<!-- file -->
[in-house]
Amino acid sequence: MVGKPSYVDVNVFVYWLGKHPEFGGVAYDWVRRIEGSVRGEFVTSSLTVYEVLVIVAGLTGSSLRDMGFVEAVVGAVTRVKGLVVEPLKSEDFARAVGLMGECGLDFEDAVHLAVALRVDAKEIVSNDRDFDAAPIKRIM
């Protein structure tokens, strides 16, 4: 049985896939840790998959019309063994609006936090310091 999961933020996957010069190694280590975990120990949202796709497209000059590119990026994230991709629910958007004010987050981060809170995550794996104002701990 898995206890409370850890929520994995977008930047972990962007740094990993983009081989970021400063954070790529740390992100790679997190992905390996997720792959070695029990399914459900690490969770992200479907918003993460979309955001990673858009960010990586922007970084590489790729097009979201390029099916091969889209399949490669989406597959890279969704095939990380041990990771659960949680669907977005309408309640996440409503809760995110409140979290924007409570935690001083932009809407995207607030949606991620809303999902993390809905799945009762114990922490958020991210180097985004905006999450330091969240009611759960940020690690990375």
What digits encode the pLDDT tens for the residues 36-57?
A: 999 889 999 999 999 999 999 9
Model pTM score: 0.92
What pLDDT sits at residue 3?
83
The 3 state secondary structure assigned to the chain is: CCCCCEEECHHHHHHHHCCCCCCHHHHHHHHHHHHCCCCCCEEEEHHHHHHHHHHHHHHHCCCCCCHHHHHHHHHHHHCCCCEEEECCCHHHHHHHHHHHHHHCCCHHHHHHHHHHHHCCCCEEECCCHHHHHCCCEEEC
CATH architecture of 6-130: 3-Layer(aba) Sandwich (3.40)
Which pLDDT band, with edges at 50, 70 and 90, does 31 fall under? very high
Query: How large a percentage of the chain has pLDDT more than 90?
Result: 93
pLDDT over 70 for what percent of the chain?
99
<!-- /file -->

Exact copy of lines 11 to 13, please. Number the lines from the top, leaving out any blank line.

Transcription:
Which pLDDT band, with edges at 50, 70 and 90, does 31 fall under? very high
Query: How large a percentage of the chain has pLDDT more than 90?
Result: 93